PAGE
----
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This section of the novel is particularly interesting because of the way in which the nature of the patients is explored, and in particular how the patients view themselves as being rabbits, or helpless to avoid the situation they are in. McMurphy, interestingly, says at one stage to Harding, after he has explained his philosophy of rabbits:
You mean to tell me that you're gonna sit back and let some old blue-haired woman talk you into being a rabbit?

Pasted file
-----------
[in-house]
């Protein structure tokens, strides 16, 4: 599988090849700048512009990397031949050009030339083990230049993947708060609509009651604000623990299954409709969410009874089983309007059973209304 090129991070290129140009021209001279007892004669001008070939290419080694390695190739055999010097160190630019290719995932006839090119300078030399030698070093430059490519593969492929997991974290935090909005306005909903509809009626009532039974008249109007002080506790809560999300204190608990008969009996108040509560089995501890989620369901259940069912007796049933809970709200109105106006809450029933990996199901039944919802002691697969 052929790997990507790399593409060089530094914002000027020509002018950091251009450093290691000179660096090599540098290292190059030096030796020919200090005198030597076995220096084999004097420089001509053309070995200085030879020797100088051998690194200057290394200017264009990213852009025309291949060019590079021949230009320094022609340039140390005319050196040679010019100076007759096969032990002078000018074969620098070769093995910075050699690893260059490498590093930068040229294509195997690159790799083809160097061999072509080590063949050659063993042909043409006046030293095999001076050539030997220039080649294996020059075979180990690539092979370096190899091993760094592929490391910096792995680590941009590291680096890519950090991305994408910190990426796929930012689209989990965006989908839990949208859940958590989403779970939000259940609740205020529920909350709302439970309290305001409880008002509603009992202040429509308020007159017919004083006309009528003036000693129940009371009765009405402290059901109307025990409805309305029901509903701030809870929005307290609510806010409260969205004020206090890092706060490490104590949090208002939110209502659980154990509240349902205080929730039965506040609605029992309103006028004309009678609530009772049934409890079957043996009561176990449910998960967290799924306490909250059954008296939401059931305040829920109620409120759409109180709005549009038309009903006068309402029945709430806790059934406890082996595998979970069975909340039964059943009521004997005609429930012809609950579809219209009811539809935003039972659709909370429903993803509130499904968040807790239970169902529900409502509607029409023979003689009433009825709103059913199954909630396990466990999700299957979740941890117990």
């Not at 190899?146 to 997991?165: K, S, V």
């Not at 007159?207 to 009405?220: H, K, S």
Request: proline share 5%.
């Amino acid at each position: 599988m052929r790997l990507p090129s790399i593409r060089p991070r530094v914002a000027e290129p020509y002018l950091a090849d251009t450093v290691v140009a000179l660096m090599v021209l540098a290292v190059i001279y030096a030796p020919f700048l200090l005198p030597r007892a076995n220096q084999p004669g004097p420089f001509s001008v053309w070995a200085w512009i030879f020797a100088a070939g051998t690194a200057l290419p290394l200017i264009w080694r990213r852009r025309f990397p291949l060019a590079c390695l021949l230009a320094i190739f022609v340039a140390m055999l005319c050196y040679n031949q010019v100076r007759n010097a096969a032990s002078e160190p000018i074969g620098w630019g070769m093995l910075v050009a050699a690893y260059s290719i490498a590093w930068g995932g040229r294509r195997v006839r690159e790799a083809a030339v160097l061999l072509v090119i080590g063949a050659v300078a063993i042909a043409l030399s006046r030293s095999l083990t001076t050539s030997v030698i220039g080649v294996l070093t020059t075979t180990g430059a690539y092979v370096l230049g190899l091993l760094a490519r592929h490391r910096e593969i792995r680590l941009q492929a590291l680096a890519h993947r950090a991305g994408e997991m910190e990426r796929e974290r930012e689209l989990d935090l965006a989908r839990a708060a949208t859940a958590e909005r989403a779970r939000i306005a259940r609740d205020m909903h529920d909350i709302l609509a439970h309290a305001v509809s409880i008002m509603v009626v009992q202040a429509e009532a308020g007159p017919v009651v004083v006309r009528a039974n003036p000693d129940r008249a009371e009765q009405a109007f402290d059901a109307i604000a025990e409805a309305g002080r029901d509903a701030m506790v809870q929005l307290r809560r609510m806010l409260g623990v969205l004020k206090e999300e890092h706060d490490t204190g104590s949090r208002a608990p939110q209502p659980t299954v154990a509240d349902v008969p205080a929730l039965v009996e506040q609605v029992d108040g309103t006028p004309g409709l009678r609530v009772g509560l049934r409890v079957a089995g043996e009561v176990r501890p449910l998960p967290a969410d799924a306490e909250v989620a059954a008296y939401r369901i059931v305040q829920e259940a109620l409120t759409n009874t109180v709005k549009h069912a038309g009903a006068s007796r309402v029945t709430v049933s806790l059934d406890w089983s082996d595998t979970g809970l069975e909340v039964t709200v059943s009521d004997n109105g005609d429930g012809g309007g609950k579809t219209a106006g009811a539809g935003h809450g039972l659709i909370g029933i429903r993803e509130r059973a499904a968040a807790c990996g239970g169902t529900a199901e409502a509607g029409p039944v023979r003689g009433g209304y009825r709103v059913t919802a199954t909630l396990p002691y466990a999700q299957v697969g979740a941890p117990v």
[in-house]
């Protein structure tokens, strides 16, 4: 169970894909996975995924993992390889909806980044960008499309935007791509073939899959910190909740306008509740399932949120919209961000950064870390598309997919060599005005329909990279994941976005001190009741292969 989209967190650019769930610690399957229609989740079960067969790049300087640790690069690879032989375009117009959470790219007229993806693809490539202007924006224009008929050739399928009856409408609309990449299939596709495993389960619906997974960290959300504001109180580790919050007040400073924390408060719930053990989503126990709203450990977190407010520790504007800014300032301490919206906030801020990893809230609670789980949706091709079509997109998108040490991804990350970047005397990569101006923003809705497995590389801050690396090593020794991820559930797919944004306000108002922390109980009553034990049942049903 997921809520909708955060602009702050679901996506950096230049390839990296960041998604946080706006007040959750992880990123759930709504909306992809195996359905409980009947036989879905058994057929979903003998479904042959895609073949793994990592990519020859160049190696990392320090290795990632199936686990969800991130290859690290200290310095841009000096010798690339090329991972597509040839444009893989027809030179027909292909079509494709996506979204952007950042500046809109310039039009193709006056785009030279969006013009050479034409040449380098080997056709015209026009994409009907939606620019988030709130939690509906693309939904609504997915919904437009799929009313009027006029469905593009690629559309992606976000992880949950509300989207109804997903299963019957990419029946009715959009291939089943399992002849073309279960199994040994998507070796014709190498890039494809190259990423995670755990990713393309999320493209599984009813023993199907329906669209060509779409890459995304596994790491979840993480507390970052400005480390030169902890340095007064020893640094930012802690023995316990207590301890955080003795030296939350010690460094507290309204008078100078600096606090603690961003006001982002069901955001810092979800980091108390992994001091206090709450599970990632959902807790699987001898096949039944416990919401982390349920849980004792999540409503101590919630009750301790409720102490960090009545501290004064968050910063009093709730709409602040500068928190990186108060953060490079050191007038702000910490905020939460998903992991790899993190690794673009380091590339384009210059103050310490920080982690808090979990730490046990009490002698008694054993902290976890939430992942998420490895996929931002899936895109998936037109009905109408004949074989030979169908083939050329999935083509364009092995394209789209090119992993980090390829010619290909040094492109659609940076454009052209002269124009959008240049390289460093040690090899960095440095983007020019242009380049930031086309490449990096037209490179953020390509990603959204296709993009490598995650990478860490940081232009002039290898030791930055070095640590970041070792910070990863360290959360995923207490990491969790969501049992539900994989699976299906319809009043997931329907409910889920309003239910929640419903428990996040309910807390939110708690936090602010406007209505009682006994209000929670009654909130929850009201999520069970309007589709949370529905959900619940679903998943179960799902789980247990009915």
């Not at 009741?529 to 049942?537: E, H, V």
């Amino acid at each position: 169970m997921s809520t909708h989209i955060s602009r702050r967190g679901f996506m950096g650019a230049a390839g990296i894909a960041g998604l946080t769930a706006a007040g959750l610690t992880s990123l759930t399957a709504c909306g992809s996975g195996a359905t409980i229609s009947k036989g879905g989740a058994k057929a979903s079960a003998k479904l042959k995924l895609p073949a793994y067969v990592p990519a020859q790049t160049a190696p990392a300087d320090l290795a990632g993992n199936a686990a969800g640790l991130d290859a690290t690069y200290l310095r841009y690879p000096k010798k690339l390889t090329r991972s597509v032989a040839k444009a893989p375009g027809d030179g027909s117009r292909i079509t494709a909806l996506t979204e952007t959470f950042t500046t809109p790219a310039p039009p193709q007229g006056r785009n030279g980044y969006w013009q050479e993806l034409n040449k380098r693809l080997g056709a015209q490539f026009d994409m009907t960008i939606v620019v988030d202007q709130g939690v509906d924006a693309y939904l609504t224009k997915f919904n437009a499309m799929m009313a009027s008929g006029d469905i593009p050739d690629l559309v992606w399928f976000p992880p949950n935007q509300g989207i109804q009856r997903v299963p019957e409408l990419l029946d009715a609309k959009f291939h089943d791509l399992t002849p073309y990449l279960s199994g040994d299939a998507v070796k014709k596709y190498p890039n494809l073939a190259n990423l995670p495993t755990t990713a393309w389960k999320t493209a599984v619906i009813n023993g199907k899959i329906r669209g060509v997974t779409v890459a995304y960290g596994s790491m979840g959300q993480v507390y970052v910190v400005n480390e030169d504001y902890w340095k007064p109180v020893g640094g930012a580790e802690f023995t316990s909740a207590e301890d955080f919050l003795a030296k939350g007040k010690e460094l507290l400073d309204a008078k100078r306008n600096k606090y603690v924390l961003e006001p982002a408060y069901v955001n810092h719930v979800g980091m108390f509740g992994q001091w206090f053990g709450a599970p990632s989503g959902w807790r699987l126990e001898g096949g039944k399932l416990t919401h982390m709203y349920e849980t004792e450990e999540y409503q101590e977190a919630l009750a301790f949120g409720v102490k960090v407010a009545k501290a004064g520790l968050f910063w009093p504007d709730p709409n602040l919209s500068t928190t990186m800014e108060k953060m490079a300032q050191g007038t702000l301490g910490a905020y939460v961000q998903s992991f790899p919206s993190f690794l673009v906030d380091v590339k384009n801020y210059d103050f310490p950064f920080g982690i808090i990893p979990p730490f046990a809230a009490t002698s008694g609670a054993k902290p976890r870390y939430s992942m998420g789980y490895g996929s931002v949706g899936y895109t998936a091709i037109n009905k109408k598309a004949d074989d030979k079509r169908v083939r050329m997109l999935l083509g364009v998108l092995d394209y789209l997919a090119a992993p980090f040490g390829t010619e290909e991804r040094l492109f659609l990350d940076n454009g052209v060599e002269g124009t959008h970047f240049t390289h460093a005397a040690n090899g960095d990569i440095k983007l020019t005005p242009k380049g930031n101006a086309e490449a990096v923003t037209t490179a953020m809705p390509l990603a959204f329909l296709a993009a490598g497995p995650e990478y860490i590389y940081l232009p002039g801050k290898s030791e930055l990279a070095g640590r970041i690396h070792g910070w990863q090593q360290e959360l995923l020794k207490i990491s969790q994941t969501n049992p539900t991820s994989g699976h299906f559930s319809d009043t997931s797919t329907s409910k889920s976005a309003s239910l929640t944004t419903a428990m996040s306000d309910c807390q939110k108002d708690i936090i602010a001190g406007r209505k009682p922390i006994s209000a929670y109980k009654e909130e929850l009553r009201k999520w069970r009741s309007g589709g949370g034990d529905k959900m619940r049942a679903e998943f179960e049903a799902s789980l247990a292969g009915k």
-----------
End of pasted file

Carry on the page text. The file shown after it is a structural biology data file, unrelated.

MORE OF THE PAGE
Harding, by contrast, believes that he and the other patients are essentially rabbits, in the way that he says he was "born a rabbit." Because McMurphy refuses to accept this rabbit role that is being forced upon him, he is, according to Harding a "wolf." What becomes clear as the plot develops and McMurphy helps the various characters to challenge the role that is forced upon them by Nurse Ratched is that there is no such thing as being "born" a rabbit: these are roles that Nurse Ratched and the various forces ranged against the patients convince Harding and the others are essentially part of them. The way in which McMurphy challenges this and encourages the various patients to reject that role and to express their masculinity in unfettered ways shows that Harding's assessment is incorrect. It is also this role of McMurphy as being a "wolf" that brings him into conflict with Nurse Ratched.
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